Artificial Intelligence And Surveillance – Where Do We Draw the Line

 Artificial Intelligence And Surveillance – Where Do We Draw the Line

The use of Artificial Intelligence (AI) in surveillance is a theme which occurs in many sci-fi movies, but it’s quickly becoming a reality in many parts of the world. AI is being used to sort through huge amounts of video data, much quicker than human eyes possibly could, to identify wanted criminals and other potential hazards. Whether that makes the world a safer place or a wee bit scarier, depends on how much you trust the people with the technology.

AI Equipped Body Cams

U.S. police are working with tech companies to introduce an AI component to their body cams in order to help them identify wanted persons, such as suspects or missing children. The algorithm they employ monitors the camera footage, and then alerts the officer filming when it detects something – or someone – of interest. The officer is in control of how they act on the information.

There have been issues raised, such as concerns about privacy and so-called ‘false stops.’ It sounds unnerving, but the reality of the implementation is not as far from current reality as some people would like to think. Most people are already included in facial recognition databases somewhere in the world. Police are currently able to search using data such as Driver’s License photos and mug shots. Where the new technology differs from these ‘classic’ approaches is that they offer a more sophisticated searching system, the ability to sort through data on the go, and real-time alerts that can be acted on by officers.

The system is not cheap. As well as substantial Research and Development costs, there are obvious administrative and IT maintenance costs. Not for the first time, Police departments are coming to terms with the facts that, to operate in these new ways, they must look at their budgets in a new light. Officers are already equipped with mobile phones, which use relatively inexpensive plans. As well as their police issue radio devices. This new facility, however, requires the transmission of literally hundreds of images a day over mobile networks and consumes, on average 6GB per day of 4G mobile broadband data.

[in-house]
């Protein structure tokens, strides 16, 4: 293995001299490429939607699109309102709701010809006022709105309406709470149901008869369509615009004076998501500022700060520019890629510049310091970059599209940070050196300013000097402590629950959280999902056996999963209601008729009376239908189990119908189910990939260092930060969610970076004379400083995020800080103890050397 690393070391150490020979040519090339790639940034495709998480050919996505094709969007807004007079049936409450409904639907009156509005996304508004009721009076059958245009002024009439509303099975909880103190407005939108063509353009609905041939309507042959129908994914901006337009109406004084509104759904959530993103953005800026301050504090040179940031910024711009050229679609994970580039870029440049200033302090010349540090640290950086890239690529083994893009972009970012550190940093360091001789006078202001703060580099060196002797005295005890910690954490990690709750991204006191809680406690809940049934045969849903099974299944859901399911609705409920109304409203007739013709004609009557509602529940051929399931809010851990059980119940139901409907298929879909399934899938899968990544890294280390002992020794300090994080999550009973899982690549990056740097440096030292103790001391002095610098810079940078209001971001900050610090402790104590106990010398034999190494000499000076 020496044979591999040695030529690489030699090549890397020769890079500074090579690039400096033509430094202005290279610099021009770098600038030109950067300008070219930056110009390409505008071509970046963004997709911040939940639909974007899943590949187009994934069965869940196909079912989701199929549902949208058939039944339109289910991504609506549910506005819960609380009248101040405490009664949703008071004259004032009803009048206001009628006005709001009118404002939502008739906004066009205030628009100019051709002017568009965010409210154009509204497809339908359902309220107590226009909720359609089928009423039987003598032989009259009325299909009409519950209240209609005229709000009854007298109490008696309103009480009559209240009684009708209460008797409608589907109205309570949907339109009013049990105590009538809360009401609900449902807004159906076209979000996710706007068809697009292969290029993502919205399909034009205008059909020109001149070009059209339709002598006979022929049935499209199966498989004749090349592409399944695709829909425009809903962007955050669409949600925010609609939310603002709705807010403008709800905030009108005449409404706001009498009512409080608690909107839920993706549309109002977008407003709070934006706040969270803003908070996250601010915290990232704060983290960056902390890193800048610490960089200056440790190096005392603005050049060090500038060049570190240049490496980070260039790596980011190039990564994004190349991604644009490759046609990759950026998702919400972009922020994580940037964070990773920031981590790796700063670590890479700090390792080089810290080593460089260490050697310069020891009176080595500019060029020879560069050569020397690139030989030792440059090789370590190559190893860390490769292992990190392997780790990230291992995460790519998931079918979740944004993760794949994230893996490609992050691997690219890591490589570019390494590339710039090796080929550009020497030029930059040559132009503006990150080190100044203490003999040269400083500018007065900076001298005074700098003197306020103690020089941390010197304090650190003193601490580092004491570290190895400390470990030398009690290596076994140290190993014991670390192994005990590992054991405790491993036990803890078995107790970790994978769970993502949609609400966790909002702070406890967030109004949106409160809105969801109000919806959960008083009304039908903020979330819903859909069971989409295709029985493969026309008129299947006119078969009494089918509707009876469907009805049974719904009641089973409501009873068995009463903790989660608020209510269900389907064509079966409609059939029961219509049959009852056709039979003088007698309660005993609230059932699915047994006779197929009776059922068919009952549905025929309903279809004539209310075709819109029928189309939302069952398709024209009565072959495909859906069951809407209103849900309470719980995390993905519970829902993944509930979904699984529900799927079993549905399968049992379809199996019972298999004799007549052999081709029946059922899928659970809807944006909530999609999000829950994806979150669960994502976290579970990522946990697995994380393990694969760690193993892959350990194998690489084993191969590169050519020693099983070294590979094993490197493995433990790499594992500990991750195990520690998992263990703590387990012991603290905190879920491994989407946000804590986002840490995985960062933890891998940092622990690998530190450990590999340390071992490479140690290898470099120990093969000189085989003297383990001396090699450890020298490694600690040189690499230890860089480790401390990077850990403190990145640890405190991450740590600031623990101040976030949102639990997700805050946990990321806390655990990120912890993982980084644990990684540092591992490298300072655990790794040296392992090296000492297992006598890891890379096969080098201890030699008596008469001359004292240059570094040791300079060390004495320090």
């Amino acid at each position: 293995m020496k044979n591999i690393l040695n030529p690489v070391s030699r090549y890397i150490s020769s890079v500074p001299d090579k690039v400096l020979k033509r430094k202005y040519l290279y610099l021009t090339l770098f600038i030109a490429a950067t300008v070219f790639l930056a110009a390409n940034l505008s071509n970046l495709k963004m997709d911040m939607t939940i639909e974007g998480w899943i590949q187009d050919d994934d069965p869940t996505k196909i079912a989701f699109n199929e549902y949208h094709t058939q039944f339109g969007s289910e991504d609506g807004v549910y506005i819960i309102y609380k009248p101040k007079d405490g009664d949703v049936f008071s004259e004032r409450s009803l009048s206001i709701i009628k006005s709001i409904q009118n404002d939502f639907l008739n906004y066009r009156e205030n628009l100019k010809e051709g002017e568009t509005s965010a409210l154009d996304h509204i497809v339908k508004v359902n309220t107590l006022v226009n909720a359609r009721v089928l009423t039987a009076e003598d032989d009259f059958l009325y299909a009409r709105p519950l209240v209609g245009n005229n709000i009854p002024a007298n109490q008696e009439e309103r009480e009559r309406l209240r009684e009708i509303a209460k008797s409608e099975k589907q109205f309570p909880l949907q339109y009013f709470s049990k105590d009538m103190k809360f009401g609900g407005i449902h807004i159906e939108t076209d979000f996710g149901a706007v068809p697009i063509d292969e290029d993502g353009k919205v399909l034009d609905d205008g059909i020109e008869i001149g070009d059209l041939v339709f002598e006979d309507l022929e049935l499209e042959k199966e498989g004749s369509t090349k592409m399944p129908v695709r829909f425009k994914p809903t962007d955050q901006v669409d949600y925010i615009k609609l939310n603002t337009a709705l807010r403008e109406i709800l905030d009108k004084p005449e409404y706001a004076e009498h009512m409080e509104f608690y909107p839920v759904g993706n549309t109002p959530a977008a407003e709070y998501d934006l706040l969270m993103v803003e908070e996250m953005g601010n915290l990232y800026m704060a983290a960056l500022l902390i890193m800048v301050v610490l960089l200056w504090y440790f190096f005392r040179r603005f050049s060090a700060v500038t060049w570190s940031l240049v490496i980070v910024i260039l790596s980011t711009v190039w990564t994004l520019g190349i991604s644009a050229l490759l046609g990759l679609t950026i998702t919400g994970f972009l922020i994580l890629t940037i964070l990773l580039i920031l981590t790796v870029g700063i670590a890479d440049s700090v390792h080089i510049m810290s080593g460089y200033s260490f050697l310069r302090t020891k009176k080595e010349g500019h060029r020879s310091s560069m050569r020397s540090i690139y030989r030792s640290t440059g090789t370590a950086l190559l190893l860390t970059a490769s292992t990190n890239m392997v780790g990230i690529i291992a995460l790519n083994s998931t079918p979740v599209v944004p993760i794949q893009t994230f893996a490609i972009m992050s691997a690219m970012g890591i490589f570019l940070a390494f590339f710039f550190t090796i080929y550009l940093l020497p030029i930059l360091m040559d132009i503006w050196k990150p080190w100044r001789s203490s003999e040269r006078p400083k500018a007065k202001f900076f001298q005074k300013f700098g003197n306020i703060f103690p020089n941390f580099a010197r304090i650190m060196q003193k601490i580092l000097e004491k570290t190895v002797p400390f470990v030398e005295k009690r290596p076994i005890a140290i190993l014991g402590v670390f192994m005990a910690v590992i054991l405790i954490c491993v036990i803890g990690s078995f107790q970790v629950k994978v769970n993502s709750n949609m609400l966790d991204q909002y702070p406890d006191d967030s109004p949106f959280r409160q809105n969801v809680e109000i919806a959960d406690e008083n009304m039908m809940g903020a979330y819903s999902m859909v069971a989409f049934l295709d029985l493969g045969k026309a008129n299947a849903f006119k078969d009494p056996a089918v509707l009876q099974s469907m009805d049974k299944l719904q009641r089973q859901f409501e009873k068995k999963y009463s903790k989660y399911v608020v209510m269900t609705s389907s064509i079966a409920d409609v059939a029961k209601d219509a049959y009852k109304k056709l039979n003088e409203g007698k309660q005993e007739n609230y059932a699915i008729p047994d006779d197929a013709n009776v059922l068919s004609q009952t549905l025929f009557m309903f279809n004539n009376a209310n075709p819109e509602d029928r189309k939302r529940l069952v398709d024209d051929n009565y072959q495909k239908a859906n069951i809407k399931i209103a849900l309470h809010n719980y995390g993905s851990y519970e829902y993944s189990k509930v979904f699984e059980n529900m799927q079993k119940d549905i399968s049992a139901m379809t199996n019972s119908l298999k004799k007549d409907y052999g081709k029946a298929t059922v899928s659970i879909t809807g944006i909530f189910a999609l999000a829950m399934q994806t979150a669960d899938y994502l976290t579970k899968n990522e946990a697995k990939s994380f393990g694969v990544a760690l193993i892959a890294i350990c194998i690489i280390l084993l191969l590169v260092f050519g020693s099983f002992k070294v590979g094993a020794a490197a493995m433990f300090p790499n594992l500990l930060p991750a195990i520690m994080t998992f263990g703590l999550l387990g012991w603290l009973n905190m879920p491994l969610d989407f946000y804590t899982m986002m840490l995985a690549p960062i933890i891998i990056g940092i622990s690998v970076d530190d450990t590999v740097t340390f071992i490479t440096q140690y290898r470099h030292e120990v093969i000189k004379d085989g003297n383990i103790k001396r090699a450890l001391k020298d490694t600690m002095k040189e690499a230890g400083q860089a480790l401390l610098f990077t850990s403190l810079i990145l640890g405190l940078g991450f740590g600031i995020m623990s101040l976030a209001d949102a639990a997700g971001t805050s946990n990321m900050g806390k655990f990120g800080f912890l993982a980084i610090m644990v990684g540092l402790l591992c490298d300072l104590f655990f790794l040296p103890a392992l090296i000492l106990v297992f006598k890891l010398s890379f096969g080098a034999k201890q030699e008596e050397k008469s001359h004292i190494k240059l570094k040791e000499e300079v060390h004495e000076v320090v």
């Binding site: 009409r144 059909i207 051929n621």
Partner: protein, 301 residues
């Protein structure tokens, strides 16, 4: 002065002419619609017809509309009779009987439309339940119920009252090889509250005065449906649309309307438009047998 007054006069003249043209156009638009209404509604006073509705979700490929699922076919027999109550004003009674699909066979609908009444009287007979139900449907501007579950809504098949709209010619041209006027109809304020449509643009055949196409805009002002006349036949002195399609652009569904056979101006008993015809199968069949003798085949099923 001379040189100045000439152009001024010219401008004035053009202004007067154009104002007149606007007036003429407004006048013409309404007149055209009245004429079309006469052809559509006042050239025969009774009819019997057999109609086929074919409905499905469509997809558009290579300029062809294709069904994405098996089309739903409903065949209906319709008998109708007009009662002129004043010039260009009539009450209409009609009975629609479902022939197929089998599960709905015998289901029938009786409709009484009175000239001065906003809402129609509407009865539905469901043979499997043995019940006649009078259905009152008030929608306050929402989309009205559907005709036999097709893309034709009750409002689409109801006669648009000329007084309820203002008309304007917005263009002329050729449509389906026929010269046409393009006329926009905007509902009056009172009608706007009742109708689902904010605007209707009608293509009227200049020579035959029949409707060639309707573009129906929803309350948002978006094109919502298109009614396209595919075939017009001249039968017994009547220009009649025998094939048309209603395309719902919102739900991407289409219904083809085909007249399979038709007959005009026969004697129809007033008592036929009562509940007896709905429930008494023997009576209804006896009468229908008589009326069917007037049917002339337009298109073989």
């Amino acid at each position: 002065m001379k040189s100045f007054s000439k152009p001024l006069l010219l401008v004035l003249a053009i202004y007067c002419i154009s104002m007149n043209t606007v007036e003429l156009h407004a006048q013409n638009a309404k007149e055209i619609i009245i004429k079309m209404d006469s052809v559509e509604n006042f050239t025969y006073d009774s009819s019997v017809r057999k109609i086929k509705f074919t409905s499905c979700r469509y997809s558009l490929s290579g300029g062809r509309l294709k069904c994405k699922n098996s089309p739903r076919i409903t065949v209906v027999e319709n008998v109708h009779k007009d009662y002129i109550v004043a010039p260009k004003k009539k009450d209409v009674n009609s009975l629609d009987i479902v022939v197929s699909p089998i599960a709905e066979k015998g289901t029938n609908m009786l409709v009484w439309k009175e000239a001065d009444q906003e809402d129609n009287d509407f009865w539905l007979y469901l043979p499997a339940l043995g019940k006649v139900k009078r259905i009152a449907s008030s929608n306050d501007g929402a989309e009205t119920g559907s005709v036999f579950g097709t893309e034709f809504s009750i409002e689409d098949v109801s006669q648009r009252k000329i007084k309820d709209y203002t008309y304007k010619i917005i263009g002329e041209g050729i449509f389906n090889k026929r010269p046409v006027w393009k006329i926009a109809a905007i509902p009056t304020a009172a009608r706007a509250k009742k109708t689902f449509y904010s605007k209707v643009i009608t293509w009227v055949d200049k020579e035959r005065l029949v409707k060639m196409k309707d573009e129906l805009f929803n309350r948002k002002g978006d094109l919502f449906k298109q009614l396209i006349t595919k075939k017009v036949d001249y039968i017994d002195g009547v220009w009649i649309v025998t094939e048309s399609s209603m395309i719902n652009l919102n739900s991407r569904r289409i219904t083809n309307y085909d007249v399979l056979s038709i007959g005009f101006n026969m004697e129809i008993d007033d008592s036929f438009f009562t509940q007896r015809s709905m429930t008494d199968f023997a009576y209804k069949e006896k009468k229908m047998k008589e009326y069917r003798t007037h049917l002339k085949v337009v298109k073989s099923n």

What AI Can Help Avoid

Currently, manual identification is often a lengthy, imprecise process that is open to individual bias and human limitations like boredom when it comes to targeting possible security threats. Often the security process includes scans of bags and body scans, multiple checkpoints, visually matching ID to facial features, and even manual pat-downs that some find extremely confronting.

Another concern is that people who pose a threat to security can easily avoid detection from human security by disguising their features, and by slipping past distracted security personnel. It is impossible for human eyes to maintain watchful attention without ever losing focus.

Artificial Intelligence can make the security process easier for most people, by flagging potential people of concern by the use of facial recognition. Other possible future innovations could measure heart rate and stress levels to find people with unusual physical responses for further screening.

Chinese Security

While Western countries often hold back and engage in lengthy debate about whether something should be done, China tends to simply go ahead and do it. Chinese companies have been using facial recognition as a feature of security protocols for some time, but have pulled ahead of the pack by also employing early forms of AI to analyze the data that the cameras and software capture.

Some Chinese railway police have smart glasses that feature built-in facial recognition technology to allow them to identify suspects in the crowd of commuters. Facial recognition technology is being used to keep an eye on citizens, from watching for suspects to spotting minor infractions like jay-walking.

SenseTime, a Chinese AI company creating and employing security systems in their own workplace, can scan the street and come back with information on the people and things in the footage – the technology offers an approximate age, gender and clothing of the people, and descriptions of the cars and their license plates as they pass by. The more data the system has, the better it is able to identify the people in the footage – the system only gives general estimates of people in the public, whereas, in the sensitive office, people are personally identified as they arrive at work and monitored as they move around the building.

Safe Or Scary?

The combination of technological sophistication and governmental support means that China has become an early adopter of these AI security systems, but it seems as though the U.S. might not be too far behind. If you ask people involved in the projects, they are only intended to keep citizens safe and are simply a mobile and more sophisticated extension of similar software that has been in use for some time.

These systems are still very reliant on human checks, simply providing an alert that is analyzed and acted upon by a trained officer. However, the potential for abuse and error has been raised as an area of concern. Balancing privacy with increased ability to track persons of interest has always been a delicate balancing act, and the line between the two priorities could get a lot thinner as this technology develops.

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